The Esk Valley suffered widespread damage during Cyclone Gabrielle. Photo: Tom Kitchin

Rural investment firm MyFarm is liquidating an Esk Valley orchard fund whose assets were severely damaged in Cyclone Gabrielle.

MyFarm raised over $3 million from wholesale investors to purchase the 28 hectares to develop into an apple orchard in 2017.

It was the company’s first foray into apple orchards, owning significant livestock, vineyard and kiwifruit orchards at the time.

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Liquidators from BDO were appointed to the General Partner (essentially the investment manager) on September 6.

The limited partnership (made up of the shareholders who own the properties) is yet to be liquidated but it is in the works.

The first liquidator’s report on the general partnership said the 28 hectares of land were severely affected by floodwaters and silt after the Esk River burst its banks during Cyclone Gabrielle in February.

The properties have been unusable for apple growing, and the limited partnership has been unable to trade for more than six months since.

The liquidator’s report said after assessing costs and options for rehabilitating the sites and considering the mortgage it holds, the limited partners decided not to proceed with rehabilitation, opting for liquidation instead.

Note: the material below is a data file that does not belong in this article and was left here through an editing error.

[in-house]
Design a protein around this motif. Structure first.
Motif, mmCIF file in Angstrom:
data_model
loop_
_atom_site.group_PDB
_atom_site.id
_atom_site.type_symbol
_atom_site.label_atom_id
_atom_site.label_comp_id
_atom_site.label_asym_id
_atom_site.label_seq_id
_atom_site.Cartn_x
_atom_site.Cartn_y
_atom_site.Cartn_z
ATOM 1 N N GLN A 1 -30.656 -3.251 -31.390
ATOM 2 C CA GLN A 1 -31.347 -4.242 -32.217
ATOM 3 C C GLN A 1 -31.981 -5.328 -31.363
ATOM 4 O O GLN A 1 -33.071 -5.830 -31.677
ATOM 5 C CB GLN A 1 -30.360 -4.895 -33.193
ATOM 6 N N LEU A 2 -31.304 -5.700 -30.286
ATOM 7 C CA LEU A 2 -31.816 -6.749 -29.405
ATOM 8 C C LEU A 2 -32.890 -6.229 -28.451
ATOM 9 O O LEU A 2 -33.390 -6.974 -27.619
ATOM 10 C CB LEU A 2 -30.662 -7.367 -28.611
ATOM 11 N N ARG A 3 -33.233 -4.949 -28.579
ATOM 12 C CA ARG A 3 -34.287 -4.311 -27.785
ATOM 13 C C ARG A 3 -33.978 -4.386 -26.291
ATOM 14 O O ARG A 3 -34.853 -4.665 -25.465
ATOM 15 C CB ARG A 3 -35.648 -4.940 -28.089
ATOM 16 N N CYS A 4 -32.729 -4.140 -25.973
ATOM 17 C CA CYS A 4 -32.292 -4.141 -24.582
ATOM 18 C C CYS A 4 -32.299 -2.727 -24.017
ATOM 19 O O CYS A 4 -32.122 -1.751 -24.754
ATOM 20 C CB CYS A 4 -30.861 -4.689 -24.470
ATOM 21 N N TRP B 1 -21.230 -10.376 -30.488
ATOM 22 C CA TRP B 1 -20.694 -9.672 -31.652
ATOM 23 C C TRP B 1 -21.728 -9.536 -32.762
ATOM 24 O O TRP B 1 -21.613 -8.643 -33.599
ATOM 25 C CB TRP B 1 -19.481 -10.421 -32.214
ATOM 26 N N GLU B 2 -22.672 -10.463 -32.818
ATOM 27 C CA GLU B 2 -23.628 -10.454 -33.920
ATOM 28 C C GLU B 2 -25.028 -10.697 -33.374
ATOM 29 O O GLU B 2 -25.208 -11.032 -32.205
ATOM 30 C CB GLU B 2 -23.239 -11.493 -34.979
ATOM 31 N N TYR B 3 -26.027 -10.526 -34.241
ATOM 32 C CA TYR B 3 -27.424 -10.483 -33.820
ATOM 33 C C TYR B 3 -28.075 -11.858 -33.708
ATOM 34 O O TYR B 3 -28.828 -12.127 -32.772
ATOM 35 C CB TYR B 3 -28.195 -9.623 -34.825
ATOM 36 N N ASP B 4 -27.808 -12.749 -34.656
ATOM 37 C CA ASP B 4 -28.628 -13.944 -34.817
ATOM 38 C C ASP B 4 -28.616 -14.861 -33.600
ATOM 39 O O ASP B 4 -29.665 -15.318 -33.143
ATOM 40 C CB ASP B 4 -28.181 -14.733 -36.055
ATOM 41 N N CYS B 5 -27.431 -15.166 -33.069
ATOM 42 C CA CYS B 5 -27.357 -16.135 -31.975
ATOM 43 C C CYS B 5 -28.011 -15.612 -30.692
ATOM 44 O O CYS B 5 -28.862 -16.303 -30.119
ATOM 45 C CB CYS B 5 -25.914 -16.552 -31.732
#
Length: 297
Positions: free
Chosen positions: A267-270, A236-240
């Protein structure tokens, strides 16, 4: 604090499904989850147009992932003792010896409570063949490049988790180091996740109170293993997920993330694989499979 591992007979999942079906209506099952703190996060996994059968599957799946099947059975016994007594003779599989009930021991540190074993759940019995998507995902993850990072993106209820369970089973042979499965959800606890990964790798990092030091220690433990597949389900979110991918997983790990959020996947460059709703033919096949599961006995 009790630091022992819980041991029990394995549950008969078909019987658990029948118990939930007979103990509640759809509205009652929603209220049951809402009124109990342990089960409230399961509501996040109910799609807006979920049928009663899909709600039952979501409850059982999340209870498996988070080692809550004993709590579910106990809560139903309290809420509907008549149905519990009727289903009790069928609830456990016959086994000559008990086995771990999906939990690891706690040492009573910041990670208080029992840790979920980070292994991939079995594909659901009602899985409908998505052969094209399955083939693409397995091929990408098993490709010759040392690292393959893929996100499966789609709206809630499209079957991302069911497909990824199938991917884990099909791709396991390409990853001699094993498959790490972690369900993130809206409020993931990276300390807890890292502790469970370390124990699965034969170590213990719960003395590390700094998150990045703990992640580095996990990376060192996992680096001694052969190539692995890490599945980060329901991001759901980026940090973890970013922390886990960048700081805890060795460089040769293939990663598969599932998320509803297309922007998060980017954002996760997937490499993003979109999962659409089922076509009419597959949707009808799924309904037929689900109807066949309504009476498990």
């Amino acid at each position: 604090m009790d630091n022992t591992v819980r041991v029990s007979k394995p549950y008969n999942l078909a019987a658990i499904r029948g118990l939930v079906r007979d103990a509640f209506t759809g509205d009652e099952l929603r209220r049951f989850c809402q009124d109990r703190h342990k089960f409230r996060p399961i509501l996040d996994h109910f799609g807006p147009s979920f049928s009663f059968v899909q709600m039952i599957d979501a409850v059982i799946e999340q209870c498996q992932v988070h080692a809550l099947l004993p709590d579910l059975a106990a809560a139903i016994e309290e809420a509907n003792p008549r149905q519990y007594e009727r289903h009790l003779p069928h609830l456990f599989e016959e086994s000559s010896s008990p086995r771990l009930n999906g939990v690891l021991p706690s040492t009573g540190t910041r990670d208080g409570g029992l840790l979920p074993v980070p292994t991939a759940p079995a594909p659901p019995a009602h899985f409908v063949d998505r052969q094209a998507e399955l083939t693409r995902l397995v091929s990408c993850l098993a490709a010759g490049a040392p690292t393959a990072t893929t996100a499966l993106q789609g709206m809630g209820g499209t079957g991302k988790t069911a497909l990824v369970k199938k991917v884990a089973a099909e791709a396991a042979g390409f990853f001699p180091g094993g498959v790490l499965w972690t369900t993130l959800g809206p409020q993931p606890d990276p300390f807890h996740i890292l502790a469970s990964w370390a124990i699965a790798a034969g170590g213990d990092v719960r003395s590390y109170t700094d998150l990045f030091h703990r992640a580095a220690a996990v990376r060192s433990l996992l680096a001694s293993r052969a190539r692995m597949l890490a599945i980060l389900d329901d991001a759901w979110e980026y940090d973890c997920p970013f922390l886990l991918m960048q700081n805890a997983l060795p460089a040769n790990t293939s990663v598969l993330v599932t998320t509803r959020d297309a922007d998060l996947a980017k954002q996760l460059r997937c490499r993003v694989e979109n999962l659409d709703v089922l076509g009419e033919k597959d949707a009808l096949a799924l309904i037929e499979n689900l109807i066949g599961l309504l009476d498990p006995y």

MyFarm chief executive Andrew Watters didn’t want to say much at this stage but told Newsroom the Esk Valley was absolutely devastated by the cyclone.

“If your property is covered in a couple of metres of silt, the options are limited.”

Trees drowned in silt can easily die if not dealt with quickly enough.

“It’s just totally devastating and really hard to see any practical way out of those circumstances, and that’ll apply to many businesses.”

Damage to agriculture in Hawkes Bay was widespread and immense.

The estimated cost of the event in Hawkes Bay is over $5 billion, and, according to the regional council’s Regional Water Assessment, costs to the primary industries could be as high as $1.7b.

Other costs from the paper, released in June, included local government infrastructure costs of $1.5b.

Hawkes Bay is one of New Zealand’s most important fruit-producing regions, with 6186 hectares of apple orchards out of a total 9789 hectares in New Zealand.

To make matters worse, many growers in the region were without forms of insurance.

Even large NZX-listed apple grower Scales Corporation, with 1100 hectares of apple orchards in Hawkes Bay, didn’t have insurance to cover damage to crops from flooding.

However, the region has made some steps forward, and last week the Napier and Hastings councils formally agreed to a split cost buyout plan for Category 3 damaged homes as part of a cyclone package from Central Government.

There are more than 300 eligible homes in Hastings and just 20 in Napier. Buyouts could start as soon as October.

The Government’s $500m package also includes $260m for road and bridge repair and $203.5m for flood protection measures.

Andrew Bevin is an Auckland-based business reporter who covers major industries, markets, regulation, aged care and fisheries.

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